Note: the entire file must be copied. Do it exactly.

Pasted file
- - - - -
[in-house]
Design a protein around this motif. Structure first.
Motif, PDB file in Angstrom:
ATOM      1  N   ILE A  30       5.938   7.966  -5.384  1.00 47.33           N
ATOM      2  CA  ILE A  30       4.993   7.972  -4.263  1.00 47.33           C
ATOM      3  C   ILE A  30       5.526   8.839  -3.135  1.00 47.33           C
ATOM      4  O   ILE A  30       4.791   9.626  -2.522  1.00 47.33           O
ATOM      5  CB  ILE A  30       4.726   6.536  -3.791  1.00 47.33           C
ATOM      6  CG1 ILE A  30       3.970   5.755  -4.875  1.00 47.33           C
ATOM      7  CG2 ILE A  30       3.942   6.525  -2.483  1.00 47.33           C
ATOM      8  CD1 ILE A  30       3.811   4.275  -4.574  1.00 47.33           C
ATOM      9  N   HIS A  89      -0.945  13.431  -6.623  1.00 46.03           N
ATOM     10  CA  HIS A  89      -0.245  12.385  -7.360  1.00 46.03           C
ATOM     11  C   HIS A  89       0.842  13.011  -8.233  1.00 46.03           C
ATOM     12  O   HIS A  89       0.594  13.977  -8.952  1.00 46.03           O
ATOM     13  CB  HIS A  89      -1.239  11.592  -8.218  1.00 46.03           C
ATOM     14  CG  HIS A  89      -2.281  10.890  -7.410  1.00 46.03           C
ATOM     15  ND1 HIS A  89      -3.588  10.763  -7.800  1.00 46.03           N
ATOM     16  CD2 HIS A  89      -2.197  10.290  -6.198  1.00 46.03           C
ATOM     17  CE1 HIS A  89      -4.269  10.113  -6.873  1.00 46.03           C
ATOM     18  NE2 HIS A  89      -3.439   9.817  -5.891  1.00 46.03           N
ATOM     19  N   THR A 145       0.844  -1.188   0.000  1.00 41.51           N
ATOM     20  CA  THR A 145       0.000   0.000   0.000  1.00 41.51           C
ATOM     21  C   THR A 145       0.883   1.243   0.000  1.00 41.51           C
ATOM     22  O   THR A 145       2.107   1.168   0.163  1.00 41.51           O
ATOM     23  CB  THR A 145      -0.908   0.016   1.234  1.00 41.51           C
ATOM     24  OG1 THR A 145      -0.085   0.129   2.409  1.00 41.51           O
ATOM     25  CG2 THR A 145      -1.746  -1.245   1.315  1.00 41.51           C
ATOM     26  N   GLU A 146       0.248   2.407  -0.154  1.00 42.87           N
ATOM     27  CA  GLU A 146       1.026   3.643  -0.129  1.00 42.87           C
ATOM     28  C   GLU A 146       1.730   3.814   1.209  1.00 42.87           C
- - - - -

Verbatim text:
[in-house]
Design a protein around this motif. Structure first.
Motif, PDB file in Angstrom:
ATOM      1  N   ILE A  30       5.938   7.966  -5.384  1.00 47.33           N
ATOM      2  CA  ILE A  30       4.993   7.972  -4.263  1.00 47.33           C
ATOM      3  C   ILE A  30       5.526   8.839  -3.135  1.00 47.33           C
ATOM      4  O   ILE A  30       4.791   9.626  -2.522  1.00 47.33           O
ATOM      5  CB  ILE A  30       4.726   6.536  -3.791  1.00 47.33           C
ATOM      6  CG1 ILE A  30       3.970   5.755  -4.875  1.00 47.33           C
ATOM      7  CG2 ILE A  30       3.942   6.525  -2.483  1.00 47.33           C
ATOM      8  CD1 ILE A  30       3.811   4.275  -4.574  1.00 47.33           C
ATOM      9  N   HIS A  89      -0.945  13.431  -6.623  1.00 46.03           N
ATOM     10  CA  HIS A  89      -0.245  12.385  -7.360  1.00 46.03           C
ATOM     11  C   HIS A  89       0.842  13.011  -8.233  1.00 46.03           C
ATOM     12  O   HIS A  89       0.594  13.977  -8.952  1.00 46.03           O
ATOM     13  CB  HIS A  89      -1.239  11.592  -8.218  1.00 46.03           C
ATOM     14  CG  HIS A  89      -2.281  10.890  -7.410  1.00 46.03           C
ATOM     15  ND1 HIS A  89      -3.588  10.763  -7.800  1.00 46.03           N
ATOM     16  CD2 HIS A  89      -2.197  10.290  -6.198  1.00 46.03           C
ATOM     17  CE1 HIS A  89      -4.269  10.113  -6.873  1.00 46.03           C
ATOM     18  NE2 HIS A  89      -3.439   9.817  -5.891  1.00 46.03           N
ATOM     19  N   THR A 145       0.844  -1.188   0.000  1.00 41.51           N
ATOM     20  CA  THR A 145       0.000   0.000   0.000  1.00 41.51           C
ATOM     21  C   THR A 145       0.883   1.243   0.000  1.00 41.51           C
ATOM     22  O   THR A 145       2.107   1.168   0.163  1.00 41.51           O
ATOM     23  CB  THR A 145      -0.908   0.016   1.234  1.00 41.51           C
ATOM     24  OG1 THR A 145      -0.085   0.129   2.409  1.00 41.51           O
ATOM     25  CG2 THR A 145      -1.746  -1.245   1.315  1.00 41.51           C
ATOM     26  N   GLU A 146       0.248   2.407  -0.154  1.00 42.87           N
ATOM     27  CA  GLU A 146       1.026   3.643  -0.129  1.00 42.87           C
ATOM     28  C   GLU A 146       1.730   3.814   1.209  1.00 42.87           C